Although her role included only a few outside shots and only one inside, Brinkley went along on location the whole time. During days where she was not involved she would find extracurricular activities such as horseback riding and whitewater rafting.
Imogene Coca, in her mid 70’s at the time, played the role of Aunt Edna, although she struggled with her part because she felt as if the character she was portraying was too mean to the others on set. Her husband travelled on location with her and stayed at the hotels to keep her company.
It’s the small things behind the scenes of a movie that truly make the film magical. National Lampoon’s Vacation was an empirical project that involved authentic locations for filming across the country. The hundreds of cast and crew actually travelled the same road that the Griswold’s did in caravans and trucks, finding lodging across the country – something production companies are doing more and more of as a result of rich tax incentives for production.
The film was well liked during that latter part of the 20th century and has stood the test of time at the start of the 21st. I’ll leave you with some of the interesting and fun facts from behind the scenes that you may not have known, and that made Vacation one of the funniest comedies of all time.
- In the final scene of the movie at Walley World, which replaced the originally written finale, Rusty is clearly taller than he was throughout the vacation. Michael Anthony Hall grew about three inches during filming. He would go on to star in two of the staple comedies of theearly 1980s; Sixteen Candles and The Breakfast Club. He also plays a small role in a scene towards the end of this summer’s The Dark Knight.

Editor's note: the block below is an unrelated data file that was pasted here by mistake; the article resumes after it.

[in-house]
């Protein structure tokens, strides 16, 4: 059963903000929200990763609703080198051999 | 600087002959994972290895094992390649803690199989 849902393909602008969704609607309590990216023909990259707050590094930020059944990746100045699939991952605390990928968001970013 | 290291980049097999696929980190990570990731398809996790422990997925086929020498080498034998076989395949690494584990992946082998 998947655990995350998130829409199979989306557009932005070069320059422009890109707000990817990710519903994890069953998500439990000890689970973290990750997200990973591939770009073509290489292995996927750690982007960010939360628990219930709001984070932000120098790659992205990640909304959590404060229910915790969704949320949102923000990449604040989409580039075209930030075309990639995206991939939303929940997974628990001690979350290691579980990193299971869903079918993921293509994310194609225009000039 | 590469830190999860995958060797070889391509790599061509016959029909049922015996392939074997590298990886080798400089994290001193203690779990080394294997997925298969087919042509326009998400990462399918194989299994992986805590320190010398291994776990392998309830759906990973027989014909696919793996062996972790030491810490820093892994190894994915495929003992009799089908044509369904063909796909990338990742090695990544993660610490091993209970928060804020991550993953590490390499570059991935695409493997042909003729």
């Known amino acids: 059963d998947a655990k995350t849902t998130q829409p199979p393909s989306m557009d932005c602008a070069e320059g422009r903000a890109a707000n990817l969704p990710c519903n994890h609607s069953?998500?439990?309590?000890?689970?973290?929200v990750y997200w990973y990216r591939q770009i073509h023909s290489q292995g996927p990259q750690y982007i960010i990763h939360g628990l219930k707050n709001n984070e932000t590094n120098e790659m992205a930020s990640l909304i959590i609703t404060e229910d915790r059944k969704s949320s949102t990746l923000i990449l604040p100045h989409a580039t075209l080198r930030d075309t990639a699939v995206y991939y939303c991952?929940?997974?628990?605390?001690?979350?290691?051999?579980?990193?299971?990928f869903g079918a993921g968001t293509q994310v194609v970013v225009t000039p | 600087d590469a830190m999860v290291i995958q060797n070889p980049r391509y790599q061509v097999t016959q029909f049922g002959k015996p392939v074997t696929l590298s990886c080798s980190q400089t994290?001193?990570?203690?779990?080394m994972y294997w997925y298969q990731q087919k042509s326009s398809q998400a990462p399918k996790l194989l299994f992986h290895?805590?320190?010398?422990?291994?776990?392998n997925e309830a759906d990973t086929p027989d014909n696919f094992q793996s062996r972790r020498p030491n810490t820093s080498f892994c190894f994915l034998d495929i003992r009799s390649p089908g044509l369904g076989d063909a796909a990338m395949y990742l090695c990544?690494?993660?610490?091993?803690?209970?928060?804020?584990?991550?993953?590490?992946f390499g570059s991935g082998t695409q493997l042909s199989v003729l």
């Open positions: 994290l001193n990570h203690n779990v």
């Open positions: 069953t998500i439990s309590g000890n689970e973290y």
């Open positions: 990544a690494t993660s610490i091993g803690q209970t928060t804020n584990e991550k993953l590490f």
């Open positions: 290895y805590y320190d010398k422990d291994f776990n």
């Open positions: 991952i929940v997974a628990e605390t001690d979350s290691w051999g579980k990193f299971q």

- When Clark is showing the family the route on the computer, the pictures in the background are those of Dana Barron’s early career filming commercials in New York. Her mother provided Warner Bros. with the 8x10’s to put on the wall
- The film was done during summer, and most of the locations were extremely hot. Director Harold Ramis recalls temperatures being over 110 for many of the shots.
- The scene in which the Griswold’s are driving at night was done in a car that wasn’t actually moving. An electrician from the crew stood in front of the windshield flashing a big spotlight to appear as oncoming cars, and lights in the distance are only five feet away being dragged slowly on a dolly.
- The hotel bar scene with Christie Brinkley and Chevy Chase was done in one take, much of which Chase adlibbed.
- The actor that plays Wyatt Earp is Richard Dreyfuss’s brother Randy. This scene was filmed at the Strater Hotel in Durango, Col.
- The actor that plays the manager at a campground where the Griswold’s stop is Brian Doyle-Murray, Bill’s older brother. Doyle-Murray had helped Ramis write Caddyshack a few years earlier and also appears in that movie
- A few Native Americans saw roles as extras in the film, and Warner Bros. had a buffet on the set each day in with the Native American’s brought their families to eat with the crew
- The Wagon Queen Family Truckster was actually driven from filming location to filming location to help carry some of the crew
- The final roller coaster scenes were done by putting a camera on the front of the ride, forcing the talent to actually go on the rides over and over again, something few of them actually wanted to do.